The New Face of Manufacturing: U.S. Energy Growth Creating New Manufacturing Opportunities

The U.S. energy boom is being credited for reviving manufacturing across a variety of sectors, especially in the energy and petrochemical markets. This growth is crucial to keeping the U.S. economy and jobs on an upward trajectory, but as baby boomers migrate out of the workforce by the thousands, finding skilled workers to fill these jobs is a growing challenge.

U.S. Energy Boom Spawning New Workforce Recruitment and Training Programs in Energy & Petrochemical Manufacturing

 

The U.S. energy boom is being credited for reviving manufacturing across a variety of sectors, especially in the energy and petrochemical markets. This growth is crucial to keeping the U.S. economy and jobs on an upward trajectory, but as baby boomers migrate out of the workforce by the thousands, finding skilled workers to fill these jobs is a growing challenge.

 

To ensure a secure energy future for the U.S., it is vital to increase the number of people entering the fields of science, technology, engineering and math (STEM), and provide them with the right skills and training to easily transition into these jobs. The good news: business, industry and education leaders are rising to this challenge with new programs aimed at doing just that.

 

For example, last summer, Houston-based ExxonMobil announced a $500,000 investment to fund a local workforce training program that will enable area community colleges to prepare thousands of residents for jobs in the growing local chemical manufacturing industry. ExxonMobil, the world’s largest publicly traded international oil and gas company, said the initiative will build on the success of the nationally recognized Lee College ExxonMobil Process Technology Program, and will benefit 50,000 students and educators over the next five years.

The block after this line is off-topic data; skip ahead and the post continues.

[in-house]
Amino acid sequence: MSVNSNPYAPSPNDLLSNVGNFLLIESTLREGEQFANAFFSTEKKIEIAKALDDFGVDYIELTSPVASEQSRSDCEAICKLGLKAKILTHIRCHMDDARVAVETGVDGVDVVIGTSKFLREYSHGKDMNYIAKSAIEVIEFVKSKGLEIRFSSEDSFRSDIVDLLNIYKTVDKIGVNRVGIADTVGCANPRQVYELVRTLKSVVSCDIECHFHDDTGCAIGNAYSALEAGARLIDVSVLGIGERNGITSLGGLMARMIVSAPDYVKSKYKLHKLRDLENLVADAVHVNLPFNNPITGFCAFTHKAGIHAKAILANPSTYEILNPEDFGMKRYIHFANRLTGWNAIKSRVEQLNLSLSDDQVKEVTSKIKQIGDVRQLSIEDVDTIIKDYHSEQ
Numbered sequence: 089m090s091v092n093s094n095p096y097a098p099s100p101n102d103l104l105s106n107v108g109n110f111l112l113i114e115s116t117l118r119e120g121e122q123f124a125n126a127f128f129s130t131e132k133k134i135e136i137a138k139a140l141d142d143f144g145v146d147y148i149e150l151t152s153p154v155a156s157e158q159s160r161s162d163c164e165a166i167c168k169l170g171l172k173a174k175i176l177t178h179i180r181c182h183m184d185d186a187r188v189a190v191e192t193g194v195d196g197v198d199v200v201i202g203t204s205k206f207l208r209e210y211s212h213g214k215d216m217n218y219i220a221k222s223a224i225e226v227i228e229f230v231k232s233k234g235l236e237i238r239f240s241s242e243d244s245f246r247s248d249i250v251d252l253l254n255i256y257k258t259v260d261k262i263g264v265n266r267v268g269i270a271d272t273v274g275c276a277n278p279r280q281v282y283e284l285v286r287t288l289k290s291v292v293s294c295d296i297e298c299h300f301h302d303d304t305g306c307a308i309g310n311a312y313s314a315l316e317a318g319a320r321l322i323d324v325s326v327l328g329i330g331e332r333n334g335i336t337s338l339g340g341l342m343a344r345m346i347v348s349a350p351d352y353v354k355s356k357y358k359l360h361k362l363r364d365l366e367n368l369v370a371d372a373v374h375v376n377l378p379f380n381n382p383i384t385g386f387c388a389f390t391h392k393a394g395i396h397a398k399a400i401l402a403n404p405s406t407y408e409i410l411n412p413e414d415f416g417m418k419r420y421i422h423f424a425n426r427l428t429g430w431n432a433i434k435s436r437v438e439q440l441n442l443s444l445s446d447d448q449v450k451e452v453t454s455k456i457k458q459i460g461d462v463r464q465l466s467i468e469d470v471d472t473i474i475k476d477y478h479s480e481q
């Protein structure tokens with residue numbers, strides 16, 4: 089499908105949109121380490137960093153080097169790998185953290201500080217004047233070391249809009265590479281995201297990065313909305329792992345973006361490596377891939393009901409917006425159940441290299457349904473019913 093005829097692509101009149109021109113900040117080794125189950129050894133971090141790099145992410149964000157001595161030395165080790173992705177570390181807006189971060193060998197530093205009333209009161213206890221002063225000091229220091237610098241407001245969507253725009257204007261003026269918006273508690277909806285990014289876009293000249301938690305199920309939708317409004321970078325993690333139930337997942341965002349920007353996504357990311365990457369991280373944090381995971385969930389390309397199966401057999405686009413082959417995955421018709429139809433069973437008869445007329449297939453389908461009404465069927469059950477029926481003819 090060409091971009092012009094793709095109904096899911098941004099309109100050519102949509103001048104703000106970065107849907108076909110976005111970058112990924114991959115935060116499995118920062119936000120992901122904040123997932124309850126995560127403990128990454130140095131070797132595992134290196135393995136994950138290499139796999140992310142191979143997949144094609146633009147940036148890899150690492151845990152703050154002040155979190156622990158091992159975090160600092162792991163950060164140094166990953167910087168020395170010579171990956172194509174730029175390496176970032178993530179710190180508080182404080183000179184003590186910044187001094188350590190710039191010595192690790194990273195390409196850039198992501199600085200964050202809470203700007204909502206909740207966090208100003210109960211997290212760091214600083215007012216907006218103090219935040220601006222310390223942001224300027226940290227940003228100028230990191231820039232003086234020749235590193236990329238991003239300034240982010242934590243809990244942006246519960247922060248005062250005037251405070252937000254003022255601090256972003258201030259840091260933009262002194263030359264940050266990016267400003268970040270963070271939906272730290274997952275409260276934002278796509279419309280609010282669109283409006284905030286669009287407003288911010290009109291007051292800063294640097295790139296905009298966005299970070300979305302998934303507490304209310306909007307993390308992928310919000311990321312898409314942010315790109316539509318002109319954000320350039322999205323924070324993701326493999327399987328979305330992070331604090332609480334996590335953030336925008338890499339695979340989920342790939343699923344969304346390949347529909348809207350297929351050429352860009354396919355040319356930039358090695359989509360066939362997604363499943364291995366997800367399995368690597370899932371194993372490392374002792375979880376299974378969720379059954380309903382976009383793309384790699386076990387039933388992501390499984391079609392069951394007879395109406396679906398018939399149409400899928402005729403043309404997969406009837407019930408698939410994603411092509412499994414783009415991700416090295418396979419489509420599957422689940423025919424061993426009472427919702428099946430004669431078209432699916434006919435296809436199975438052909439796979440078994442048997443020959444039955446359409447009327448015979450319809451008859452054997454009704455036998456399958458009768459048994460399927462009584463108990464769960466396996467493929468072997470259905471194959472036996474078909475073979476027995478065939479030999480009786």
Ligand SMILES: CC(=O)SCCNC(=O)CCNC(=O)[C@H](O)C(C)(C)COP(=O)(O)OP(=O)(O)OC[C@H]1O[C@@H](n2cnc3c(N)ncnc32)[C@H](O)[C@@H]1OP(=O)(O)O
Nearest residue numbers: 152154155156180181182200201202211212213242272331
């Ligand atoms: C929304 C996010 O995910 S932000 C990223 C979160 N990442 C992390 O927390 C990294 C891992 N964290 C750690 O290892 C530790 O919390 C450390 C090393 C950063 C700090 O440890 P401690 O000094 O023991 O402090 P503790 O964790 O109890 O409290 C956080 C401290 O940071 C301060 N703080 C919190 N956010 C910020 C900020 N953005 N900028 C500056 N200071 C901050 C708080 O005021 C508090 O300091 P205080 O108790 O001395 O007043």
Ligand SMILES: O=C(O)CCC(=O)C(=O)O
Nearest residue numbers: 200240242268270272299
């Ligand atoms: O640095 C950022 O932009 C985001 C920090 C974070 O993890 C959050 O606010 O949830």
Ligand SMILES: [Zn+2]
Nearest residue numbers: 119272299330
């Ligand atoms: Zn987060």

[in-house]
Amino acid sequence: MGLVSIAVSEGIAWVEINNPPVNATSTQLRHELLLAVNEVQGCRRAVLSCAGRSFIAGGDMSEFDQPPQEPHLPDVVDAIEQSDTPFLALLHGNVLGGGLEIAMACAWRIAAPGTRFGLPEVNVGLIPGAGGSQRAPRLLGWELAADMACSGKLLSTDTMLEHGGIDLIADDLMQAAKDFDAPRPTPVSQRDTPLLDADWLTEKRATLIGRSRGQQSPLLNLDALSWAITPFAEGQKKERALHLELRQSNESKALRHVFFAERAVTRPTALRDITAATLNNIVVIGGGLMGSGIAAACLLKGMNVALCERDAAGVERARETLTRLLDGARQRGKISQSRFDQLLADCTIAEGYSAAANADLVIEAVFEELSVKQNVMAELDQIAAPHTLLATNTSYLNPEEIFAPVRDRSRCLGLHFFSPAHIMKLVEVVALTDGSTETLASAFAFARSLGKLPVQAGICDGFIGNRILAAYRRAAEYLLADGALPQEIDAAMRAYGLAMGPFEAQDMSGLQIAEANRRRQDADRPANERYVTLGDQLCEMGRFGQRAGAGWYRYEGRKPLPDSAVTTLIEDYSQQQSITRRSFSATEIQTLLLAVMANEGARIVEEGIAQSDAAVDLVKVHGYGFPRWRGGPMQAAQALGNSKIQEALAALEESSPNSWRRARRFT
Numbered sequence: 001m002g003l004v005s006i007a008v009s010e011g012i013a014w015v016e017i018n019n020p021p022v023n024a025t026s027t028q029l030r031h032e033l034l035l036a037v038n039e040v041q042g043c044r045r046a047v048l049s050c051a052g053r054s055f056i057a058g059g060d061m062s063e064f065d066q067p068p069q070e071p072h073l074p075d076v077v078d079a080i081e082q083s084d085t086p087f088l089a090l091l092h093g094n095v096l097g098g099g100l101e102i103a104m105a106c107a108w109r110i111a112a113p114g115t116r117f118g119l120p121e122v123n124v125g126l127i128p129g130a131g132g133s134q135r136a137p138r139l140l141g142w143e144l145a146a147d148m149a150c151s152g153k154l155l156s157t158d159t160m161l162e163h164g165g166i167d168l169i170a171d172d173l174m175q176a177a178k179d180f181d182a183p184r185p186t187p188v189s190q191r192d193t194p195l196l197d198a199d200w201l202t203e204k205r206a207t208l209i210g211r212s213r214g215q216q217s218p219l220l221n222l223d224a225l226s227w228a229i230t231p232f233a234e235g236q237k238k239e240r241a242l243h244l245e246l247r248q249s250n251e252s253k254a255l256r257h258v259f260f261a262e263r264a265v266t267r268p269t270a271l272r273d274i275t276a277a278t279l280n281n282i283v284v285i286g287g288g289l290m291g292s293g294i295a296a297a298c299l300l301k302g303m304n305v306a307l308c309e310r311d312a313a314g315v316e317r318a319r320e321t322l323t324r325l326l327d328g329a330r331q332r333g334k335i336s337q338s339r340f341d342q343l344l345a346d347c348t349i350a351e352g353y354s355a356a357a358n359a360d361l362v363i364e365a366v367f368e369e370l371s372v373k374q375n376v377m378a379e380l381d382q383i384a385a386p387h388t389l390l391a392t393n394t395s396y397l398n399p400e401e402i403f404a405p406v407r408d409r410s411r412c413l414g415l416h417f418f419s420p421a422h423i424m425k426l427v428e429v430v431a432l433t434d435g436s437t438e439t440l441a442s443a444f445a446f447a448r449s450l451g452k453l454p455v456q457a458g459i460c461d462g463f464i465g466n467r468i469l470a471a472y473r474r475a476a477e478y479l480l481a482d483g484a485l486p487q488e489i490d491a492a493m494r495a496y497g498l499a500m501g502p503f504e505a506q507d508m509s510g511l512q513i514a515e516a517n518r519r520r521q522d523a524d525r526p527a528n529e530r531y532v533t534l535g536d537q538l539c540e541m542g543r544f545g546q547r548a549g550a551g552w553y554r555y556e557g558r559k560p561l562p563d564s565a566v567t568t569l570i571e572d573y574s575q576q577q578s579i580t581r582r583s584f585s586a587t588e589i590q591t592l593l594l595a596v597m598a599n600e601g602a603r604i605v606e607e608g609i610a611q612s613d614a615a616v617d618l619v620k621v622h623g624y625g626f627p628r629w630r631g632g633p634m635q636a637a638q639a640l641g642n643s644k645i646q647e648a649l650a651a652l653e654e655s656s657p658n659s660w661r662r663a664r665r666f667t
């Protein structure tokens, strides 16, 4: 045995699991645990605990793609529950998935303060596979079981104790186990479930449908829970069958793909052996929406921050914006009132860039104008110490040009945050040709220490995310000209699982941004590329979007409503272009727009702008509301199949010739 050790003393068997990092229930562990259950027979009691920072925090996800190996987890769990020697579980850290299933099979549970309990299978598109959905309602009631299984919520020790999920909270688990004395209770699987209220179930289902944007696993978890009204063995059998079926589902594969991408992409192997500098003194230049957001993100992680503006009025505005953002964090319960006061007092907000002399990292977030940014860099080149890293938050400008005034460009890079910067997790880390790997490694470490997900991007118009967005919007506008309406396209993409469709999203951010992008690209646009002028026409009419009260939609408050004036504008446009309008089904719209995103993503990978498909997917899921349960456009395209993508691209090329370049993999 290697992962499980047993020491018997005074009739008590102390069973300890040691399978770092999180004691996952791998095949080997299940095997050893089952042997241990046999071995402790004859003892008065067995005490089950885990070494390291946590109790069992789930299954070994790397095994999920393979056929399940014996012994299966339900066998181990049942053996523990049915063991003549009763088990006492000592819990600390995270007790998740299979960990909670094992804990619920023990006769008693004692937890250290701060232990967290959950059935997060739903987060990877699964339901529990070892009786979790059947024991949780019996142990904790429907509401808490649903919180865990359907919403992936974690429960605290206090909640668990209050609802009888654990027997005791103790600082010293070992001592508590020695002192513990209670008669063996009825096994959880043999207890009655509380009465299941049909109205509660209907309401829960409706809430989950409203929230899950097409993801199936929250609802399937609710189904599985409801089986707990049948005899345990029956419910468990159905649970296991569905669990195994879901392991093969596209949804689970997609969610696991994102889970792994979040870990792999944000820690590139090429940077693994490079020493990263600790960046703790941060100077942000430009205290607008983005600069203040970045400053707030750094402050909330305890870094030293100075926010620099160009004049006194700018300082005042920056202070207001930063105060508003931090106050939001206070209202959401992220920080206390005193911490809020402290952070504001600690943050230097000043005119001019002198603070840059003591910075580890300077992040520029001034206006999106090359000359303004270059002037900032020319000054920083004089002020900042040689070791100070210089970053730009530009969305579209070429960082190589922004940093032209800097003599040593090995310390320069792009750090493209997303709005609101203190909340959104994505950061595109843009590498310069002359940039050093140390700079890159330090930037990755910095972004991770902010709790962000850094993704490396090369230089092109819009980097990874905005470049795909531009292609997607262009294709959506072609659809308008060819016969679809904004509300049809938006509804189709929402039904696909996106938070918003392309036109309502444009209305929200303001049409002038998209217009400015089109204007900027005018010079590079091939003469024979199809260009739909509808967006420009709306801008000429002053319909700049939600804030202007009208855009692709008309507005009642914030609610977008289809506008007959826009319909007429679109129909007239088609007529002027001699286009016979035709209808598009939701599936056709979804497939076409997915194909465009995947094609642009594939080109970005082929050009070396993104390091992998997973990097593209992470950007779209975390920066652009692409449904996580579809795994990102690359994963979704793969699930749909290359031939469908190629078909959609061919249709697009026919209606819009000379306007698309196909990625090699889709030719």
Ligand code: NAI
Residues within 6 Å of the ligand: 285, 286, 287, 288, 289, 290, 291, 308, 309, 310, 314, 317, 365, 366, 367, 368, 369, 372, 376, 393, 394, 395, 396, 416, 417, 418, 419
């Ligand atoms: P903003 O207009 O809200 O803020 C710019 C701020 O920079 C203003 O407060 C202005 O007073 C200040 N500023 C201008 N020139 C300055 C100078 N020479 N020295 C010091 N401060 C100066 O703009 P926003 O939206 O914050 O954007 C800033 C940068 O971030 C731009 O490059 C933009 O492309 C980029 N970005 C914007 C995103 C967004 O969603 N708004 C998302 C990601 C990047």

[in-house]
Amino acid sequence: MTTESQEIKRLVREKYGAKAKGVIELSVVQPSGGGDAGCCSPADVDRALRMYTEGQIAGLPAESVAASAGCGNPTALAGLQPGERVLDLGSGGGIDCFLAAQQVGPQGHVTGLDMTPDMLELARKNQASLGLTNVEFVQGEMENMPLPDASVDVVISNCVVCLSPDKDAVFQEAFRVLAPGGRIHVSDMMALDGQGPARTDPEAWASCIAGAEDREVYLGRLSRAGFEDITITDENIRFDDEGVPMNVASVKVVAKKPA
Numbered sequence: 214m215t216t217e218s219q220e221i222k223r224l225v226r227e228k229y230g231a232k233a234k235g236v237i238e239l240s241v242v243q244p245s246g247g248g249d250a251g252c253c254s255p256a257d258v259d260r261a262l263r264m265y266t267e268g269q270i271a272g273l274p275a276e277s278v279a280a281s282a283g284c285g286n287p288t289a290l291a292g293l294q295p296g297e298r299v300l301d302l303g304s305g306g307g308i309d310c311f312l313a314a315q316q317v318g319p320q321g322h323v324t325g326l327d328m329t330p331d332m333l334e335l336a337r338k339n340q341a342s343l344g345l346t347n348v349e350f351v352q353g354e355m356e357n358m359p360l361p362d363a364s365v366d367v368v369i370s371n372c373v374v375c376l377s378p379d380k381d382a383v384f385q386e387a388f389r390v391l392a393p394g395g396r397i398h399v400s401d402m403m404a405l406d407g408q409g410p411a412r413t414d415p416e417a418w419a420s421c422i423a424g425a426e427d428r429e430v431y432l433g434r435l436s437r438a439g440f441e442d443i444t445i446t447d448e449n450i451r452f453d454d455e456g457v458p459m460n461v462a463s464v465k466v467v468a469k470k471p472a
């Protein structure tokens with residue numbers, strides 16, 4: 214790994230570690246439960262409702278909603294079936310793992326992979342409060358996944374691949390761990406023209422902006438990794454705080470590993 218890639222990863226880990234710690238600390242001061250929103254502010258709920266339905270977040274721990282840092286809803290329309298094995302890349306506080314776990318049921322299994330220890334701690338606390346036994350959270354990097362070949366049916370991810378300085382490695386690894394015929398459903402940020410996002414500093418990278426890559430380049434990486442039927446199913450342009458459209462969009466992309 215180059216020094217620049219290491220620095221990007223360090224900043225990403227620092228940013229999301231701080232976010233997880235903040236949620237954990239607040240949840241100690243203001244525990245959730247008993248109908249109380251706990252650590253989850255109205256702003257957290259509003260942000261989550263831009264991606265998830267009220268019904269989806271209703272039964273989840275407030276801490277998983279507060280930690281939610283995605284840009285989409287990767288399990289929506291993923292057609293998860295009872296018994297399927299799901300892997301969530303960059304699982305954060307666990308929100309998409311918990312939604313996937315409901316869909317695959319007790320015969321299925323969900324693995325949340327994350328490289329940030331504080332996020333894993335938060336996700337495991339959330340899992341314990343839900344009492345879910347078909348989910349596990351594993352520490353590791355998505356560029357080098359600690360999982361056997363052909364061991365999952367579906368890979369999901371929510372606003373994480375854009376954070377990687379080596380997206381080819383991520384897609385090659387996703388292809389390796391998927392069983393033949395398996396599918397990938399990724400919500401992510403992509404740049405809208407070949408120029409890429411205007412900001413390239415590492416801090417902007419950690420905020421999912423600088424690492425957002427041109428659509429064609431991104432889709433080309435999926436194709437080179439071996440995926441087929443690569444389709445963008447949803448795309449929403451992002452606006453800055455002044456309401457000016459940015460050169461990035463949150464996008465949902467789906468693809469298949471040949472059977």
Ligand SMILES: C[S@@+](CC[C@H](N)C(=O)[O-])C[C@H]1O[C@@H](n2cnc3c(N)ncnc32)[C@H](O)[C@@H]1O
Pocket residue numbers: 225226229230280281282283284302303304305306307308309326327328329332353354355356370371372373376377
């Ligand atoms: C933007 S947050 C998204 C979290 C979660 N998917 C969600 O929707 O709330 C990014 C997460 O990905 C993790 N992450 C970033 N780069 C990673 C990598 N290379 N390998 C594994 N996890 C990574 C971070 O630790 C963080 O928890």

“The jobs that will become available in our area over the next decade represent a life-changing opportunity for many in our community,” said Texas state senator Rodney Ellis. “With the average annual salary in the Texas chemical industry at $86,000, this landmark partnership among our schools, business community and ExxonMobil can help make the dream of economic independence come true for a lot of families.”

 

For the younger set, Duke Energy—the largest electric power holding company in the U.S.—sponsors the Energy Academy at Purdue University in Indiana, aimed at inspiring high school students and their teachers for future leadership in energy sciences and engineering. This week-long summer course covers STEM-related energy topics including power generation, transportation, power transmission, energy efficiency and new research frontiers. Students tour energy plants, work on energy-related research projects, debate energy policy, and conduct hands-on demonstrations.

 

In March, Purdue announced it will be expanding the Energy Academy to 84 participants this year.

 

 

 

May 28, 2014

Some opinions expressed in this article may be those of a contributing author and not necessarily Gray.

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